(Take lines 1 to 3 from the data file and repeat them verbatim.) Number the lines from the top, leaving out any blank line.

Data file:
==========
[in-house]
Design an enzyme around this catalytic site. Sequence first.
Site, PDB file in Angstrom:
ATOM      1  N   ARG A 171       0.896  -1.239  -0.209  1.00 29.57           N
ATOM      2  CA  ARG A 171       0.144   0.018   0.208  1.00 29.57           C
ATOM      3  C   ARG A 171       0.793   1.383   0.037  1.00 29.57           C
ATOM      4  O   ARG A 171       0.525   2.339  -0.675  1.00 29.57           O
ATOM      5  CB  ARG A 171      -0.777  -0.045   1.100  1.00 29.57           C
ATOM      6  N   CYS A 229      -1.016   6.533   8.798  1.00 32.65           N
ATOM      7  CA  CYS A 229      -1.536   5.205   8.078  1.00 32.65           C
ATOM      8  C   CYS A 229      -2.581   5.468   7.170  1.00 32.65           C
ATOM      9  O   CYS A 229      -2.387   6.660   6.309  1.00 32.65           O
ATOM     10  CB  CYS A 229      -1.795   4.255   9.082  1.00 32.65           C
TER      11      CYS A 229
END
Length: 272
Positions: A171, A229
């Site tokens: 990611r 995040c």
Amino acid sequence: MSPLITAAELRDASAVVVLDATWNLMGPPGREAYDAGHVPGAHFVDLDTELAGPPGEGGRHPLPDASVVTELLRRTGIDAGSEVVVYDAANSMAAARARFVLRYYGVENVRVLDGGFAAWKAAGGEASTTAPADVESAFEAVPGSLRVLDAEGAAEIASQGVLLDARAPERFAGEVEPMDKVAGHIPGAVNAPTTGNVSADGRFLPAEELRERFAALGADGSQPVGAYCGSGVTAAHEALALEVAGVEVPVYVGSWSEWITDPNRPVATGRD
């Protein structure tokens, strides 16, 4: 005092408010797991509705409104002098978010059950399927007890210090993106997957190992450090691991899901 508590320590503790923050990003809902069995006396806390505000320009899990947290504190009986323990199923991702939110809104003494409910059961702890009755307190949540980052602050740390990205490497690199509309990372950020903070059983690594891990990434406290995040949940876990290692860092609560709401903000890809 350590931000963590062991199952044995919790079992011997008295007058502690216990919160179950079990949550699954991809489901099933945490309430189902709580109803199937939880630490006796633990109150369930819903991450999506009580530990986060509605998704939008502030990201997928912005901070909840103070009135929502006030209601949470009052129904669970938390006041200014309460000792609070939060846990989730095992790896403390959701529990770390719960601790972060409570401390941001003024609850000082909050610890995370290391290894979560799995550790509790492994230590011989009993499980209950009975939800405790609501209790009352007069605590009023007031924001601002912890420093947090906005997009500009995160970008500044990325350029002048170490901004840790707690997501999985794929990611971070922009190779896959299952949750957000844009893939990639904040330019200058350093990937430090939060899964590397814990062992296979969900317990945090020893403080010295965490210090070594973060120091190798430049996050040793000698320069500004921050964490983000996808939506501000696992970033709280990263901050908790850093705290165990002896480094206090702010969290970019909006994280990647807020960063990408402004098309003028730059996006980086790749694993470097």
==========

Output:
[in-house]
Design an enzyme around this catalytic site. Sequence first.
Site, PDB file in Angstrom: